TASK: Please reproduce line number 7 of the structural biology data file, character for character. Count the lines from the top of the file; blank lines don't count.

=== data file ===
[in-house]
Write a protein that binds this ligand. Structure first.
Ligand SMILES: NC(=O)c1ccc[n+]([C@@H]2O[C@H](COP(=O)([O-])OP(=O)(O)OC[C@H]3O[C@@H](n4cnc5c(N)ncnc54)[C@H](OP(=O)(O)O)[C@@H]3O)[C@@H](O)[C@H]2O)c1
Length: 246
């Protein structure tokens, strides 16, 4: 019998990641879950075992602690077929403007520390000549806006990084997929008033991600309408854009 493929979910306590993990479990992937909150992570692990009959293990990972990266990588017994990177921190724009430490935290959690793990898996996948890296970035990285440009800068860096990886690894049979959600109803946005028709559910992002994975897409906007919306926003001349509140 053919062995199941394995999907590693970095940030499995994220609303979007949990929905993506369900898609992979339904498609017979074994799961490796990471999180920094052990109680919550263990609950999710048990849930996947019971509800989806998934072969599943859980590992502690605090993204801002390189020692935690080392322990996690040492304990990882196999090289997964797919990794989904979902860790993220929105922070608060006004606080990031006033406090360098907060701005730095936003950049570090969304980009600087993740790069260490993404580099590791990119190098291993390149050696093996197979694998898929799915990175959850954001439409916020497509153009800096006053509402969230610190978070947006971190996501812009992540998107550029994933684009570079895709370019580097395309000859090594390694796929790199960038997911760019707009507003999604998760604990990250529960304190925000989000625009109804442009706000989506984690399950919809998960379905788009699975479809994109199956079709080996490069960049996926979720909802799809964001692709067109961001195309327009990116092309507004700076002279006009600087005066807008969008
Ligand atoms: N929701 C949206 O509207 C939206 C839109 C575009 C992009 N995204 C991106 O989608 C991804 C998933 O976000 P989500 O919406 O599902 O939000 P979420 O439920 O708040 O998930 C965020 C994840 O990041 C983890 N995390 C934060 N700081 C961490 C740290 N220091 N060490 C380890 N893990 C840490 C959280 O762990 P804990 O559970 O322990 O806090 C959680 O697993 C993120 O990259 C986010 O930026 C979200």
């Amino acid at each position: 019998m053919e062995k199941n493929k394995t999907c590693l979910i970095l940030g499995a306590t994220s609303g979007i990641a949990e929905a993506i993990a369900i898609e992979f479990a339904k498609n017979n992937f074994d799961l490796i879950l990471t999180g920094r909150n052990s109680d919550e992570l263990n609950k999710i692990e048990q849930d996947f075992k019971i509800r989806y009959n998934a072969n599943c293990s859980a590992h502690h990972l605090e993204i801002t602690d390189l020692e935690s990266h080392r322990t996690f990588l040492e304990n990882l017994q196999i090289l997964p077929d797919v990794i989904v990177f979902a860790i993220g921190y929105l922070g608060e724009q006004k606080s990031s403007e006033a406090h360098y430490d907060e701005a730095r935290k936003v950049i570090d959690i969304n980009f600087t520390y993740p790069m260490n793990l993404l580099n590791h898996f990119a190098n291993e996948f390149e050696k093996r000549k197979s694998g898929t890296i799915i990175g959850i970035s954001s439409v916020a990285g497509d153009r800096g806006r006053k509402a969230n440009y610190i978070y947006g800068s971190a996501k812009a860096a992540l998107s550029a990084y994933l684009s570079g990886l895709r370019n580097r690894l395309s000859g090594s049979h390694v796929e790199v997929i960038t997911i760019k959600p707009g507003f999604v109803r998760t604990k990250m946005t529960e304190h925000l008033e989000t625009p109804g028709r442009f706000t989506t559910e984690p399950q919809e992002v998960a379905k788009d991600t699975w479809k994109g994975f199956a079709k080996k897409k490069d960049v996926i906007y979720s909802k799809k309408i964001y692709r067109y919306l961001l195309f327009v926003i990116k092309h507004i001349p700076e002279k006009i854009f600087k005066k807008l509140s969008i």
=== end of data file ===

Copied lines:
């Amino acid at each position: 019998m053919e062995k199941n493929k394995t999907c590693l979910i970095l940030g499995a306590t994220s609303g979007i990641a949990e929905a993506i993990a369900i898609e992979f479990a339904k498609n017979n992937f074994d799961l490796i879950l990471t999180g920094r909150n052990s109680d919550e992570l263990n609950k999710i692990e048990q849930d996947f075992k019971i509800r989806y009959n998934a072969n599943c293990s859980a590992h502690h990972l605090e993204i801002t602690d390189l020692e935690s990266h080392r322990t996690f990588l040492e304990n990882l017994q196999i090289l997964p077929d797919v990794i989904v990177f979902a860790i993220g921190y929105l922070g608060e724009q006004k606080s990031s403007e006033a406090h360098y430490d907060e701005a730095r935290k936003v950049i570090d959690i969304n980009f600087t520390y993740p790069m260490n793990l993404l580099n590791h898996f990119a190098n291993e996948f390149e050696k093996r000549k197979s694998g898929t890296i799915i990175g959850i970035s954001s439409v916020a990285g497509d153009r800096g806006r006053k509402a969230n440009y610190i978070y947006g800068s971190a996501k812009a860096a992540l998107s550029a990084y994933l684009s570079g990886l895709r370019n580097r690894l395309s000859g090594s049979h390694v796929e790199v997929i960038t997911i760019k959600p707009g507003f999604v109803r998760t604990k990250m946005t529960e304190h925000l008033e989000t625009p109804g028709r442009f706000t989506t559910e984690p399950q919809e992002v998960a379905k788009d991600t699975w479809k994109g994975f199956a079709k080996k897409k490069d960049v996926i906007y979720s909802k799809k309408i964001y692709r067109y919306l961001l195309f327009v926003i990116k092309h507004i001349p700076e002279k006009i854009f600087k005066k807008l509140s969008i």